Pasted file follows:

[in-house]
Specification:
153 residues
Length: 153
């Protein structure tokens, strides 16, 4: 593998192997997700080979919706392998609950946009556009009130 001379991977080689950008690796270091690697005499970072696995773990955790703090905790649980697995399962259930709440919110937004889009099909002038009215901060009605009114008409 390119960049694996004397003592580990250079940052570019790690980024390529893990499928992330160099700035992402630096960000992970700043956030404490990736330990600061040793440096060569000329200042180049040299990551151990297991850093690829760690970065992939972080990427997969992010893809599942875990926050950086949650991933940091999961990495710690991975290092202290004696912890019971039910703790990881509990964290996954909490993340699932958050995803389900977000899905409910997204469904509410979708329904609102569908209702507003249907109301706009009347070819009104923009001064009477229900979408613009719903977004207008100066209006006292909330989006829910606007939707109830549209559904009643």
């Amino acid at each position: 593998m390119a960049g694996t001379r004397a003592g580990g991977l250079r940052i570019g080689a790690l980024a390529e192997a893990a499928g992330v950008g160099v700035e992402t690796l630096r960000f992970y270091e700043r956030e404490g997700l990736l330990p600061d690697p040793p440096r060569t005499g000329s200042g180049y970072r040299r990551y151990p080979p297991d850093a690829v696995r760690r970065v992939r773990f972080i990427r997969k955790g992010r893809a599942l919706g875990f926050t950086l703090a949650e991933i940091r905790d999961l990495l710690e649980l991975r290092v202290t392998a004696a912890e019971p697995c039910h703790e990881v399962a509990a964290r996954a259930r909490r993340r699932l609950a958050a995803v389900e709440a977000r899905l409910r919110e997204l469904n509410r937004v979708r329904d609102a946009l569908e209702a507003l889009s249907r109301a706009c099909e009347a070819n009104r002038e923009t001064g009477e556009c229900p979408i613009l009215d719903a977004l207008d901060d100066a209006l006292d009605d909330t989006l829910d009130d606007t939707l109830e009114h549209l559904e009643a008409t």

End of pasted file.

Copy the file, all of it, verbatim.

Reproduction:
[in-house]
Specification:
153 residues
Length: 153
């Protein structure tokens, strides 16, 4: 593998192997997700080979919706392998609950946009556009009130 001379991977080689950008690796270091690697005499970072696995773990955790703090905790649980697995399962259930709440919110937004889009099909002038009215901060009605009114008409 390119960049694996004397003592580990250079940052570019790690980024390529893990499928992330160099700035992402630096960000992970700043956030404490990736330990600061040793440096060569000329200042180049040299990551151990297991850093690829760690970065992939972080990427997969992010893809599942875990926050950086949650991933940091999961990495710690991975290092202290004696912890019971039910703790990881509990964290996954909490993340699932958050995803389900977000899905409910997204469904509410979708329904609102569908209702507003249907109301706009009347070819009104923009001064009477229900979408613009719903977004207008100066209006006292909330989006829910606007939707109830549209559904009643």
């Amino acid at each position: 593998m390119a960049g694996t001379r004397a003592g580990g991977l250079r940052i570019g080689a790690l980024a390529e192997a893990a499928g992330v950008g160099v700035e992402t690796l630096r960000f992970y270091e700043r956030e404490g997700l990736l330990p600061d690697p040793p440096r060569t005499g000329s200042g180049y970072r040299r990551y151990p080979p297991d850093a690829v696995r760690r970065v992939r773990f972080i990427r997969k955790g992010r893809a599942l919706g875990f926050t950086l703090a949650e991933i940091r905790d999961l990495l710690e649980l991975r290092v202290t392998a004696a912890e019971p697995c039910h703790e990881v399962a509990a964290r996954a259930r909490r993340r699932l609950a958050a995803v389900e709440a977000r899905l409910r919110e997204l469904n509410r937004v979708r329904d609102a946009l569908e209702a507003l889009s249907r109301a706009c099909e009347a070819n009104r002038e923009t001064g009477e556009c229900p979408i613009l009215d719903a977004l207008d901060d100066a209006l006292d009605d909330t989006l829910d009130d606007t939707l109830e009114h549209l559904e009643a008409t």